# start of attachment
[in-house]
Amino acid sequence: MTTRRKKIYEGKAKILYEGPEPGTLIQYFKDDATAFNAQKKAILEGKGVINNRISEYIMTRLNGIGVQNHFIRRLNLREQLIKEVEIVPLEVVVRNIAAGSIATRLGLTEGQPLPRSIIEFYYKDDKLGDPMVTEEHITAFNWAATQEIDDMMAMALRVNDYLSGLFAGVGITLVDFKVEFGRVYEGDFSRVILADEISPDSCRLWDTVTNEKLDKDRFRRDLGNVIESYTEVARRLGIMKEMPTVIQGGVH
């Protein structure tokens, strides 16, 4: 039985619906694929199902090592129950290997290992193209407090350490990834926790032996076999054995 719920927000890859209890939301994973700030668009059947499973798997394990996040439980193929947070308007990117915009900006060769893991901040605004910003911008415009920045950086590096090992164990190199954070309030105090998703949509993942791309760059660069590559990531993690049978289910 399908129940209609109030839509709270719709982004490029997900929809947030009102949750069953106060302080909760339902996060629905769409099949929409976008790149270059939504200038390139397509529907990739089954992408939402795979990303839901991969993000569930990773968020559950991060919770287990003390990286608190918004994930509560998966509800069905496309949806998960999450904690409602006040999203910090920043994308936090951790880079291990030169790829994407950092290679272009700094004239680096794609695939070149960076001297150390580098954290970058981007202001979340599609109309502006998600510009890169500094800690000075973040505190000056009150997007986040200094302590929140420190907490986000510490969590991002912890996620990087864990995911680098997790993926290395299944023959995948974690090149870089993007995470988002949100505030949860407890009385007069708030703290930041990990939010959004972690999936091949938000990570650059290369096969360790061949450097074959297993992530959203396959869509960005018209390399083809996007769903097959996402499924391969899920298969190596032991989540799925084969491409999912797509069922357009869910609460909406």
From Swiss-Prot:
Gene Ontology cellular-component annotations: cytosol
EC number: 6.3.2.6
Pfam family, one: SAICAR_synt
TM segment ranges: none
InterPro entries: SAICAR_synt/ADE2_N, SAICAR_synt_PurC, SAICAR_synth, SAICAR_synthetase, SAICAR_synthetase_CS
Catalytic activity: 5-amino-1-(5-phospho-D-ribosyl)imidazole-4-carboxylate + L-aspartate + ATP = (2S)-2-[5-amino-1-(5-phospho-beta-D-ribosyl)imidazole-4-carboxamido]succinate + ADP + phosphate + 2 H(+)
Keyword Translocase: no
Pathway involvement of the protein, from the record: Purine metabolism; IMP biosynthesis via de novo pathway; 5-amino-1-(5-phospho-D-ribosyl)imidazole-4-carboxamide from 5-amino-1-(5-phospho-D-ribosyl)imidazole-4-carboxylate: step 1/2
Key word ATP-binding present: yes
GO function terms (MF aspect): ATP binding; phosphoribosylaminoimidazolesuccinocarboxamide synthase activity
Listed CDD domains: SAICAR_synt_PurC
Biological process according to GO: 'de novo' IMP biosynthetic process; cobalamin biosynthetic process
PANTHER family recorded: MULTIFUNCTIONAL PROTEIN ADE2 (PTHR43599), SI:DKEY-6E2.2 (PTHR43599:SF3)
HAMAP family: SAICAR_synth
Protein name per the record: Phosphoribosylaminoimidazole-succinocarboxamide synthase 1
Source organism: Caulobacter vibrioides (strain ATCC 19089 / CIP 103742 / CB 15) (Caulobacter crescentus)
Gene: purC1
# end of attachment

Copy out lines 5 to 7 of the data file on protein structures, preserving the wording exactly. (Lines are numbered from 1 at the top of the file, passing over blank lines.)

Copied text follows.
Gene Ontology cellular-component annotations: cytosol
EC number: 6.3.2.6
Pfam family, one: SAICAR_synt